Aviation Finance

Aviation Finance Vol. 12 No 13, June 23rd 2022. ISSN 2009-7859

ABS

Carlyle gives kick start to this year’s ABS market

Carlyle Aviation Partners, one of the sector’s most active issuers of aircraft securitisations, has launched the first ABS of the year with AASET 2022-1. This is a $522.5 million single Class A note offering to be secured against a portfolio of 25 young to mid-life latest technology narrowbody aircraft. Reflecting the continued tribulations being experienced by the commercial aviation sector, the offering includes a number of features intended to assuage potential investor concerns. Moody’s has rated the notes (P)A3 (sf) and KBRA has given them a preliminary rating of A (sf).


Aircraft Leasing

Lessors continue to support increased levels of activity

There is continued activity in the sale and leaseback marketplace, where Bain Capital-backed Griffin Global Asset Management has just closed a five aircraft deal with India’s Akasa Air, a seven aircraft deal with South American JetSMART and a second deal with SKY Express. Meanwhile AFIC has done its first deal with a China-based platform while Falko has taken on the servicing of a 35 aircraft portfolio on behalf of a syndicate of banks.


Aviation Economics

Drive for improved fuel efficiency gains momentum

The pursuit of improvements in aircraft propulsion in ways which will reduce carbon emissions and transition away from the current heavy reliance on hydrocarbons such as jet kerosene continues to gain momentum. With the industry increasing its efforts to find solutions, governments now need to play their parts, too, in meaningful ways.


Airline Business

Airlines mull fleet options as new plane orders rise

As the flow of net new order for aircraft continued to creep up in May there were signs that yet more airlines are seriously re-evaluating and assessing fleet replacement and expansion options in the near term. These include easyJet, which is firming up on 2013 options for 56 A320s, Qatar Airways on 50 aircraft with Boeing and a possible 300 jet mega-order from Air India.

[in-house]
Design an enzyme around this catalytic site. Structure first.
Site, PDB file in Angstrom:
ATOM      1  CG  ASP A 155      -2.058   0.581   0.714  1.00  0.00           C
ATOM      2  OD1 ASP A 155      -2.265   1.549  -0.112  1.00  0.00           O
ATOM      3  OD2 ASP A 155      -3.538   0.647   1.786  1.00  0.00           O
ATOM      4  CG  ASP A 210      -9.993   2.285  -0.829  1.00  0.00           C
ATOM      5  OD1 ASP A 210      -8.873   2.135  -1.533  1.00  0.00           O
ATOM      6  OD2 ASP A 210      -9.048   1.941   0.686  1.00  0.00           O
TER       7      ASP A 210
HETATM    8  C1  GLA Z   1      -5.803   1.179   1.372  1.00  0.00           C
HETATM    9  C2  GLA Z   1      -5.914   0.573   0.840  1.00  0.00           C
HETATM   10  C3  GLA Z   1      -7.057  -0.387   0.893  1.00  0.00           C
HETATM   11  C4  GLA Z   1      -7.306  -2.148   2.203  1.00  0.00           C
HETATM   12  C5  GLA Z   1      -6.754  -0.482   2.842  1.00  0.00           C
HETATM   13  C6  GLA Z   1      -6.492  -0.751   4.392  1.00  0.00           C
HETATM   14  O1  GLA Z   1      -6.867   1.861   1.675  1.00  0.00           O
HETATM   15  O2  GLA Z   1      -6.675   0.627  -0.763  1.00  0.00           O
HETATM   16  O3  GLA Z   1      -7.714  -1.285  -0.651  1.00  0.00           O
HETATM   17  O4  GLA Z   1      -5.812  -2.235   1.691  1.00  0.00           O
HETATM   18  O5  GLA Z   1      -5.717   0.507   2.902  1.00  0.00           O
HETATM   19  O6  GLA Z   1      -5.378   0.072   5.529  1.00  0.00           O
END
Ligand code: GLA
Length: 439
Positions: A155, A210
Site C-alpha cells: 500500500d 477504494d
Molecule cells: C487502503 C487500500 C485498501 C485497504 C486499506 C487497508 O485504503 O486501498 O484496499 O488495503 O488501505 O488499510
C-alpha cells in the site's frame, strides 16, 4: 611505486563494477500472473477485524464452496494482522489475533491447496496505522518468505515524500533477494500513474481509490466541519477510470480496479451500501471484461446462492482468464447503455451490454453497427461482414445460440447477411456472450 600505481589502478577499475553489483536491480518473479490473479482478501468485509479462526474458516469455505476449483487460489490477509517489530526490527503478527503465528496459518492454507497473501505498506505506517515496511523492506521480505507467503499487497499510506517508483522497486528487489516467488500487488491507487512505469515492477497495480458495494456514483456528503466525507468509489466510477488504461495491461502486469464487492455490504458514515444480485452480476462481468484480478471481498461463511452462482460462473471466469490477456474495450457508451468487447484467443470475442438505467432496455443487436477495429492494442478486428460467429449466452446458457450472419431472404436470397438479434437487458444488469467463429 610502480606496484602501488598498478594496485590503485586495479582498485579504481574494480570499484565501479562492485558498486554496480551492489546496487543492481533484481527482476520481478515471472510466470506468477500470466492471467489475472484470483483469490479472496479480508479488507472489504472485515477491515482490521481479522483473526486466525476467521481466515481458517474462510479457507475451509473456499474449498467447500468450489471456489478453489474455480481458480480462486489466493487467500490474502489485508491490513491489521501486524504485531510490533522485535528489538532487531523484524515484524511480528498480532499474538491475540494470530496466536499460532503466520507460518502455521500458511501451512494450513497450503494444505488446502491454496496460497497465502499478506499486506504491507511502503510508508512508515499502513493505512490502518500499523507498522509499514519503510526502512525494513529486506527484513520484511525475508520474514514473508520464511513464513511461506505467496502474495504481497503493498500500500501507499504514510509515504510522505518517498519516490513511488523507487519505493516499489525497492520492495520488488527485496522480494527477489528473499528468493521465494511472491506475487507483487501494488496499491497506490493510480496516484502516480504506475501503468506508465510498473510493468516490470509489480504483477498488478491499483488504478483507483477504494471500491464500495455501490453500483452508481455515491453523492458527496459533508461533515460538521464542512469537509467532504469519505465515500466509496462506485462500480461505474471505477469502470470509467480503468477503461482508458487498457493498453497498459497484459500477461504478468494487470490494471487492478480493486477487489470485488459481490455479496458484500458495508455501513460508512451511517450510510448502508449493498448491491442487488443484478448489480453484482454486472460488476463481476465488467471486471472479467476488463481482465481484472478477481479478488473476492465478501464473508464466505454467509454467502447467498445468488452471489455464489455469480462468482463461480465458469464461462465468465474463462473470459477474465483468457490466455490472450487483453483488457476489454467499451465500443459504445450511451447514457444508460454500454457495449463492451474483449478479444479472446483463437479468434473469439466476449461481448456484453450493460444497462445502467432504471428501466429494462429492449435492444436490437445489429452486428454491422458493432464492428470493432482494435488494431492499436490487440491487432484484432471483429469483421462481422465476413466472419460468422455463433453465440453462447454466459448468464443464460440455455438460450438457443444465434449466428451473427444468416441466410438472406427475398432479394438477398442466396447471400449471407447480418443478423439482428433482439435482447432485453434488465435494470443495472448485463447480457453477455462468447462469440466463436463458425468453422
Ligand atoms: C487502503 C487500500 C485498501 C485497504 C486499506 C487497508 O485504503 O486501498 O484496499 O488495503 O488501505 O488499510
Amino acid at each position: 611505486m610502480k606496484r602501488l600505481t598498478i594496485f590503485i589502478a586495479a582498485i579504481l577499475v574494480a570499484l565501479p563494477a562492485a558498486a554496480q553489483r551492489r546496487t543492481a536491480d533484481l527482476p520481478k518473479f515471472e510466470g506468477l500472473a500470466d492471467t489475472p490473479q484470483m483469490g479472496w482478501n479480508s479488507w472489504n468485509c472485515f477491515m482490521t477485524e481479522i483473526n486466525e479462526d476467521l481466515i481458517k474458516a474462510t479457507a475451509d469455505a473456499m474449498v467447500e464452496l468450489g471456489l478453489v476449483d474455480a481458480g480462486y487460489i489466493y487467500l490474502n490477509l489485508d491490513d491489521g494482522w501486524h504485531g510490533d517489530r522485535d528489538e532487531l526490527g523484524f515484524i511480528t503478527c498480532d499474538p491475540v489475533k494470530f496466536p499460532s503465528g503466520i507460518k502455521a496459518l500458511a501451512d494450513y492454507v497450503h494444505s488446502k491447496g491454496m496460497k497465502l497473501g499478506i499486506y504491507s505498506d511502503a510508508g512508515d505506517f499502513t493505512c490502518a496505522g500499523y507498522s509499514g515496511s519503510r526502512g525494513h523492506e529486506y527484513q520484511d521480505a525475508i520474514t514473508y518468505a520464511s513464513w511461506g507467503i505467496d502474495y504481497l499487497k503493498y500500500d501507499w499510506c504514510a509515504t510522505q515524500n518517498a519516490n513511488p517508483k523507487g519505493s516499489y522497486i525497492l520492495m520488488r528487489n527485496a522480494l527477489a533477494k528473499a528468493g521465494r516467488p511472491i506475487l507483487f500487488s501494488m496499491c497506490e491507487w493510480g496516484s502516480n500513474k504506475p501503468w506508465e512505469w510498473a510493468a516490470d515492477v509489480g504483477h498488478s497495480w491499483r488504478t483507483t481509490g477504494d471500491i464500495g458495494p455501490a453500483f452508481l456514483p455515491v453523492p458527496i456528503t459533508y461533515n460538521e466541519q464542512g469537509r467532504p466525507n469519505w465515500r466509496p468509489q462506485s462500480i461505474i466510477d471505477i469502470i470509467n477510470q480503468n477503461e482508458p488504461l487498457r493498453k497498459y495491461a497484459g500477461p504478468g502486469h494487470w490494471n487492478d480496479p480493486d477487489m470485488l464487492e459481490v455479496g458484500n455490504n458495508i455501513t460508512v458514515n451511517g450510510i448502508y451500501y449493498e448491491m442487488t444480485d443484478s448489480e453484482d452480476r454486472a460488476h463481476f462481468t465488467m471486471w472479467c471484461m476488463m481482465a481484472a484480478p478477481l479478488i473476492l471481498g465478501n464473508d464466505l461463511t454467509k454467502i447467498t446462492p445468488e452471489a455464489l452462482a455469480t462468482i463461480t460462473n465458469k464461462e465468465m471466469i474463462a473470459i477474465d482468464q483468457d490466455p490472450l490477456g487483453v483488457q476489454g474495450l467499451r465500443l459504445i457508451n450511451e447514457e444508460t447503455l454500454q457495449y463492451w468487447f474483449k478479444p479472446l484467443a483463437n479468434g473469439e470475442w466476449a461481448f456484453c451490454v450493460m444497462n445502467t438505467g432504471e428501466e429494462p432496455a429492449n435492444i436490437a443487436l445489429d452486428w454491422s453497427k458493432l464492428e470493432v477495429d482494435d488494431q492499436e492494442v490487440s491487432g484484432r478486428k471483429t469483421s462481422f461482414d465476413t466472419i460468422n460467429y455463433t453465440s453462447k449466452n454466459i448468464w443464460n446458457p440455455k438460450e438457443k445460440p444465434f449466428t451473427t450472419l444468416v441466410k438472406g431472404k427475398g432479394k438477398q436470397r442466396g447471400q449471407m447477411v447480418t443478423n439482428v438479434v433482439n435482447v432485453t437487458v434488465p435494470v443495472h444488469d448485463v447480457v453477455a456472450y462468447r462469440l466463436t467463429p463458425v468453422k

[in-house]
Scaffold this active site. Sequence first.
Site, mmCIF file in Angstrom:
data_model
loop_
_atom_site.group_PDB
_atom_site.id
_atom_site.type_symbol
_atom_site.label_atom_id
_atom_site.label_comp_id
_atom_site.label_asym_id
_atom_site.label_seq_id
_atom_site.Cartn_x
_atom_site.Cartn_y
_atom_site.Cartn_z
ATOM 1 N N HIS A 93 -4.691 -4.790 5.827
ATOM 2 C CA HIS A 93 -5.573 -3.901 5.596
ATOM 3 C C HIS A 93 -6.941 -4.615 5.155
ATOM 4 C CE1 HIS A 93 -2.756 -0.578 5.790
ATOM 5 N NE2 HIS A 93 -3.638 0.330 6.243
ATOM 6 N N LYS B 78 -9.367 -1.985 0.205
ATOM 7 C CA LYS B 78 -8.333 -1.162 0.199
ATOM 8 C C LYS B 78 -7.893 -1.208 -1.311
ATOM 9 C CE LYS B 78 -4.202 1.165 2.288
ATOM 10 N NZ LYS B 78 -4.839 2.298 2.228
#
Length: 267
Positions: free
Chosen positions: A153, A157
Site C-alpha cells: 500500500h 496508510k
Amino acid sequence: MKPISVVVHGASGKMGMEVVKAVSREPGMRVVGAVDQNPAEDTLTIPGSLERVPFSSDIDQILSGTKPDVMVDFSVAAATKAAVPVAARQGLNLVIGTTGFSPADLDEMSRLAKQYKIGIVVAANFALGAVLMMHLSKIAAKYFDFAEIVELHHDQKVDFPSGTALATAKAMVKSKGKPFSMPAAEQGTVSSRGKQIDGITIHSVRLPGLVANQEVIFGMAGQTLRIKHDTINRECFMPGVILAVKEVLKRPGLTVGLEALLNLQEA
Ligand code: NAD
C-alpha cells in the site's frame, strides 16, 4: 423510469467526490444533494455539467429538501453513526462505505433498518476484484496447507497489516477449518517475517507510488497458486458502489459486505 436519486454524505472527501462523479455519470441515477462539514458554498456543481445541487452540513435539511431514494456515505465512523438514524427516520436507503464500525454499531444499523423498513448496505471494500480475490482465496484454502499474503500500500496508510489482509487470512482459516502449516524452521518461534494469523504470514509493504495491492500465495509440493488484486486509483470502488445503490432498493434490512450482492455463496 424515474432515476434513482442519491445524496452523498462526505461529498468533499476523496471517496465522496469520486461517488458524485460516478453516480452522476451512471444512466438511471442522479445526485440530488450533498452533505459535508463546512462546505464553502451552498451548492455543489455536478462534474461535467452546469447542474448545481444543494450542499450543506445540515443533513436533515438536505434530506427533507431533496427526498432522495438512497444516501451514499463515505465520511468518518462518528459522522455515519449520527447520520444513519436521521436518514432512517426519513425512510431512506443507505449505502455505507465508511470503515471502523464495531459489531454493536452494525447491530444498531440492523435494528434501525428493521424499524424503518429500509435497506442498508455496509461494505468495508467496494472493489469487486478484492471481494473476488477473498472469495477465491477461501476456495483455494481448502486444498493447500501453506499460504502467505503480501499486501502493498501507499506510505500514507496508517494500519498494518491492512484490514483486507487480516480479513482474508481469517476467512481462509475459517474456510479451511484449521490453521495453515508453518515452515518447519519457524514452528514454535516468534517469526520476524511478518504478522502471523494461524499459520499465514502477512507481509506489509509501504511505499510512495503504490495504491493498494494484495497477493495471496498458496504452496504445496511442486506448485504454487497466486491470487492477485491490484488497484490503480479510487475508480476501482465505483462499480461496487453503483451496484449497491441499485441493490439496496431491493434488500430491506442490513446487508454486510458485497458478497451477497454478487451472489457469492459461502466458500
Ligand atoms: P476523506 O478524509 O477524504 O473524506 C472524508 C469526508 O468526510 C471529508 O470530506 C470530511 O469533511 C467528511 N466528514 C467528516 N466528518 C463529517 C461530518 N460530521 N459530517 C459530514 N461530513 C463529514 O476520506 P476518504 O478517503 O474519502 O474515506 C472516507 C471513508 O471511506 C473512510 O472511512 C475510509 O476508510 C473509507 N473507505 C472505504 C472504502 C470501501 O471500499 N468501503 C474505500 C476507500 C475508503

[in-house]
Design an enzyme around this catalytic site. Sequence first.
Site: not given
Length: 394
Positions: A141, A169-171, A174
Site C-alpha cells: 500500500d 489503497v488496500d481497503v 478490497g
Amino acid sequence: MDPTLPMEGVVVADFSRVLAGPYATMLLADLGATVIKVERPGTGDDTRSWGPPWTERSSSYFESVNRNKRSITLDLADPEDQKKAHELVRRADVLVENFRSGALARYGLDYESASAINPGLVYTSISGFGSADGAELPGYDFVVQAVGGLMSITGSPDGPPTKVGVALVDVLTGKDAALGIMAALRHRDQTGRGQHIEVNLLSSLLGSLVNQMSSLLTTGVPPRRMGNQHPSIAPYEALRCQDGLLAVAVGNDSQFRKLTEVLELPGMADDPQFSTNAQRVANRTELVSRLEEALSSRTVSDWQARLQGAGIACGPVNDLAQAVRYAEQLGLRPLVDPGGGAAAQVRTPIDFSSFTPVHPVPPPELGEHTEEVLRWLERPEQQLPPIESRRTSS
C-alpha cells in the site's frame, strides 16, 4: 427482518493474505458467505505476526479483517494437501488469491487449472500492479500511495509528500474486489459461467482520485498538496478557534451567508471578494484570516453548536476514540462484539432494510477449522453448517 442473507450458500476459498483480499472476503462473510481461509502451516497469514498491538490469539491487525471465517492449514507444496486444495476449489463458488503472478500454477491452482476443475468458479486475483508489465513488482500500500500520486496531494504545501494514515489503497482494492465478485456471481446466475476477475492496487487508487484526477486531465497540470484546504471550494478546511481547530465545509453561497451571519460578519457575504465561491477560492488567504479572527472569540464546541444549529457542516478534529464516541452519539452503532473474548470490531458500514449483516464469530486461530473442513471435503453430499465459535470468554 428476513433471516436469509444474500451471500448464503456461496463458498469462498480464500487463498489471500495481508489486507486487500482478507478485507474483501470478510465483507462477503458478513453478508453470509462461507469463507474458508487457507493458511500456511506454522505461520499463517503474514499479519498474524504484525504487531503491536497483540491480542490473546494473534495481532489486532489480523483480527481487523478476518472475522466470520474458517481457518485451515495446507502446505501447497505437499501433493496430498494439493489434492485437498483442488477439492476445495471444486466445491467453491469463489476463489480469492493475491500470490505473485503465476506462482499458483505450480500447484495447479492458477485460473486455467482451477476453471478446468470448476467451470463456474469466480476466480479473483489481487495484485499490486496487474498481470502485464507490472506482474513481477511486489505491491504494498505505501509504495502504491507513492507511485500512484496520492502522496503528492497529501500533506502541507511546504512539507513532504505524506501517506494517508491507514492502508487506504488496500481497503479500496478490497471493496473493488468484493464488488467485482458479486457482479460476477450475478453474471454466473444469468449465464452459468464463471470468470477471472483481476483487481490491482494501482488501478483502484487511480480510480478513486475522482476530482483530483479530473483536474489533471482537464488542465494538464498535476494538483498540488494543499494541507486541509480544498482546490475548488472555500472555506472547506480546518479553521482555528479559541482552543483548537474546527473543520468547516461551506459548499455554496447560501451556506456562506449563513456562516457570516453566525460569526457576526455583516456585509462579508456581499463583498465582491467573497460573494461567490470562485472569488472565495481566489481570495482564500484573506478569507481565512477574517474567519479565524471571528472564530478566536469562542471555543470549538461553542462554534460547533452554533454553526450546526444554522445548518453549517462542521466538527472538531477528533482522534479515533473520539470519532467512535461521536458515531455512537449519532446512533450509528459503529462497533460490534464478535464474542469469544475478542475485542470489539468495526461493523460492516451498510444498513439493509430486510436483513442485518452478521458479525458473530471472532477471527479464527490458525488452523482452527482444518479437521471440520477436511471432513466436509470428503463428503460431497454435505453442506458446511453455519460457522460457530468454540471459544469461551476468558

Aviation Business

LATAM and Garuda survive, Comair collapses

Chilean airline LATAM and Garuda Indonesia have both come to the end of restructuring proposals which clear the way for their future. But South African British Airways franchisee, Comair, has been less fortunate, going out of business 79 years after it was formed.

 
In this issue

In this issue

As IATA DG Willie Walsh neatly puts it ‘There is no way to sugar coat the bitter economic and political realities we face.’ Still reeling from its biggest ever setback, commercial aviation faces huge headwinds on a number of fronts. But it also has an enthusiastic customer base and the airlines are working hard to tailor their fleets, route networks and cost bases to meet changing requirements. Paradoxically, the damage to their balance sheets creates ever more opportunities for the providers of aircraft finance.


Aircraft Business

Russia could keep lessors’ planes flying ‘for next five years’

Russia is planning to increase production of its own domestic aircraft in an effort to overcome the obstacles presented by the EU, UK and US sanctions. It is also ‘authorising’ local producers to make spare parts to keep its illegally seized foreign-owned aircraft in service and expects to receive help in this from China. By its own estimate, it can keep these aircraft in the air for up to five years on this basis.


Aviation Business

IATA upbeat on recovery but warns ‘no way to sugar coat the bitter economic and political realities’

In a comprehensive address to IATA’s AGM at Doha this week the organisation’s Director General, Willie Walsh, insisted that ‘aviation is resilient and we are rebounding’. IATA has cut its forecast industry losses for 2021 by close to $10 billion and anticipates industry-wide profits next year. But in almost the same breath he sounded a strong note of caution on the potential impact of far reaching economic and political headwinds on airlines.


Airline Business

JetBlue ups the stakes again in bid war for Spirit

JetBlue has submitted what it claims to be ‘a decisively superior proposal’ to acquire Spirit Airlines. In a statement JetBlue said the improved proposal was submitted at the request of Spirit’s board following completion of JetBlue’s diligence review and discussions with Spirit’s management team. It’s latest cash offer of $33.50 per share, which is $2 more than its June 6 offer, values Spirit at $3.6 billion.


Developments

Denmark will back SAS; Air France-KLM raises $2.4bn

Denmark will back SAS; Air France-KLM rights issue raises $2.4bn; SWISS ends state-backed facility; Lessor deliveries; Aero Capital expands freighter programme; Air Nostrum launch customer for Airlander 10; Maiden flight by A321XLR; Eve and Fahari in 40 eVTOL deal; Altavair hires Rynott.